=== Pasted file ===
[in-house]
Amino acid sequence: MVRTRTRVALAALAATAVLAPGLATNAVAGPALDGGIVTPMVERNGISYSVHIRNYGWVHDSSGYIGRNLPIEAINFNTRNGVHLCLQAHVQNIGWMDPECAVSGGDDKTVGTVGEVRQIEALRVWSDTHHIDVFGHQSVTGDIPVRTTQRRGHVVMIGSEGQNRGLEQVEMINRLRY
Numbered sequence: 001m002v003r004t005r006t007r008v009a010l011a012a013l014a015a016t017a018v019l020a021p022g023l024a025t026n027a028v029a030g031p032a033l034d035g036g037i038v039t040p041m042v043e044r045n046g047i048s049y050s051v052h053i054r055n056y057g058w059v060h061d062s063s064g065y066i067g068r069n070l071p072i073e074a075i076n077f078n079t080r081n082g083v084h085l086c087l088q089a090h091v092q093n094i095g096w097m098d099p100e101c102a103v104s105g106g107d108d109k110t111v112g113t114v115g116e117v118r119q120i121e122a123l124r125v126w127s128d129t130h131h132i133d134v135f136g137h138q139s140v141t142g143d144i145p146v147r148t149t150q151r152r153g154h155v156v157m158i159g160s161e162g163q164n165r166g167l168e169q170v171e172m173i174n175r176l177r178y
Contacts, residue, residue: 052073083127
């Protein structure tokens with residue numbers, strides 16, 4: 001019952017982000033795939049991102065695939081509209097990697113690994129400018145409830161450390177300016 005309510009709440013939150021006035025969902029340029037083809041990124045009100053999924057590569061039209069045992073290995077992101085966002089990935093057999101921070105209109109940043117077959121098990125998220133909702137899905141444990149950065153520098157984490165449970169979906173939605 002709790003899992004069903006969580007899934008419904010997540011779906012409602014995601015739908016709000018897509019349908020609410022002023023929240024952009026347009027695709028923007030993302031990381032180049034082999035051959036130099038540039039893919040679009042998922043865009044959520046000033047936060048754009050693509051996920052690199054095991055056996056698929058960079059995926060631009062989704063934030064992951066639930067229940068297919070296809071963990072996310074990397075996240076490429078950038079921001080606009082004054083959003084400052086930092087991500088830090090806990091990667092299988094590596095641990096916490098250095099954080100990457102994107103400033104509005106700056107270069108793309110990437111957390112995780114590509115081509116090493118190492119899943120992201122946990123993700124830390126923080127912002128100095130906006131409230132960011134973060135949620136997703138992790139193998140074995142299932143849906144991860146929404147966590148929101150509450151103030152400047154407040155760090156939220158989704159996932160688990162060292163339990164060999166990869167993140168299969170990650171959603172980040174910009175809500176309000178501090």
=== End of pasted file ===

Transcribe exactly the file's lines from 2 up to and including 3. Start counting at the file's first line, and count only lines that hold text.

Amino acid sequence: MVRTRTRVALAALAATAVLAPGLATNAVAGPALDGGIVTPMVERNGISYSVHIRNYGWVHDSSGYIGRNLPIEAINFNTRNGVHLCLQAHVQNIGWMDPECAVSGGDDKTVGTVGEVRQIEALRVWSDTHHIDVFGHQSVTGDIPVRTTQRRGHVVMIGSEGQNRGLEQVEMINRLRY
Numbered sequence: 001m002v003r004t005r006t007r008v009a010l011a012a013l014a015a016t017a018v019l020a021p022g023l024a025t026n027a028v029a030g031p032a033l034d035g036g037i038v039t040p041m042v043e044r045n046g047i048s049y050s051v052h053i054r055n056y057g058w059v060h061d062s063s064g065y066i067g068r069n070l071p072i073e074a075i076n077f078n079t080r081n082g083v084h085l086c087l088q089a090h091v092q093n094i095g096w097m098d099p100e101c102a103v104s105g106g107d108d109k110t111v112g113t114v115g116e117v118r119q120i121e122a123l124r125v126w127s128d129t130h131h132i133d134v135f136g137h138q139s140v141t142g143d144i145p146v147r148t149t150q151r152r153g154h155v156v157m158i159g160s161e162g163q164n165r166g167l168e169q170v171e172m173i174n175r176l177r178y